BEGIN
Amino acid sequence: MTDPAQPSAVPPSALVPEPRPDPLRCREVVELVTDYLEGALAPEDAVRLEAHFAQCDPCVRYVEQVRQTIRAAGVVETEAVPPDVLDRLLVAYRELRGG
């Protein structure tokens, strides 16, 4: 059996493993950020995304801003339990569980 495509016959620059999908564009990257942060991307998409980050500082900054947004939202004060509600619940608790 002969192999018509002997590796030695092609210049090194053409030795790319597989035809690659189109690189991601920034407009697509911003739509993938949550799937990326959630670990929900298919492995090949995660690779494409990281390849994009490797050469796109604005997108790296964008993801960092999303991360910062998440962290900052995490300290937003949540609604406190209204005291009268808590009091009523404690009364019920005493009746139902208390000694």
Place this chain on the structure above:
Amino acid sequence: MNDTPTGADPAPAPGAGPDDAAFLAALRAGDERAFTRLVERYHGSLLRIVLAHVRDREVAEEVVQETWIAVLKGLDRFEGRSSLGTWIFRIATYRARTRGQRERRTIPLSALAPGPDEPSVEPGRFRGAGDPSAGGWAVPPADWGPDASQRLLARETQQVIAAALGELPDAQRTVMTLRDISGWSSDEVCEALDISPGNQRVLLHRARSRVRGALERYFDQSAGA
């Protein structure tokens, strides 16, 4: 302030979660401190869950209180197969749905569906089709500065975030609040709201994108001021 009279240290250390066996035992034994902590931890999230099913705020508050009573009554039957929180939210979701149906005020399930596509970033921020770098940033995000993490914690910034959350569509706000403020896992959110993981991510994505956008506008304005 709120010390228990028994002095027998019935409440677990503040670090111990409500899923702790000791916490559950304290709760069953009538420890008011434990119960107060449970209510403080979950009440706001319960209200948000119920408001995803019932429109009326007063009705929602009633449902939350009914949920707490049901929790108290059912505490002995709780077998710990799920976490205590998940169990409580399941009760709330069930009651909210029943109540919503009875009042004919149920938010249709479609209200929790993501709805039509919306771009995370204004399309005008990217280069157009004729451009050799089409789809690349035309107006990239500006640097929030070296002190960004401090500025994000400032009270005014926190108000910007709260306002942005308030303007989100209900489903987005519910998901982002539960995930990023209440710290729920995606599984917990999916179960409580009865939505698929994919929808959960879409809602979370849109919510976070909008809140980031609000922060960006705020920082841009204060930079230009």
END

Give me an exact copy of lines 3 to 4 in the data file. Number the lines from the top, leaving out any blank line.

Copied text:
Place this chain on the structure above:
Amino acid sequence: MNDTPTGADPAPAPGAGPDDAAFLAALRAGDERAFTRLVERYHGSLLRIVLAHVRDREVAEEVVQETWIAVLKGLDRFEGRSSLGTWIFRIATYRARTRGQRERRTIPLSALAPGPDEPSVEPGRFRGAGDPSAGGWAVPPADWGPDASQRLLARETQQVIAAALGELPDAQRTVMTLRDISGWSSDEVCEALDISPGNQRVLLHRARSRVRGALERYFDQSAGA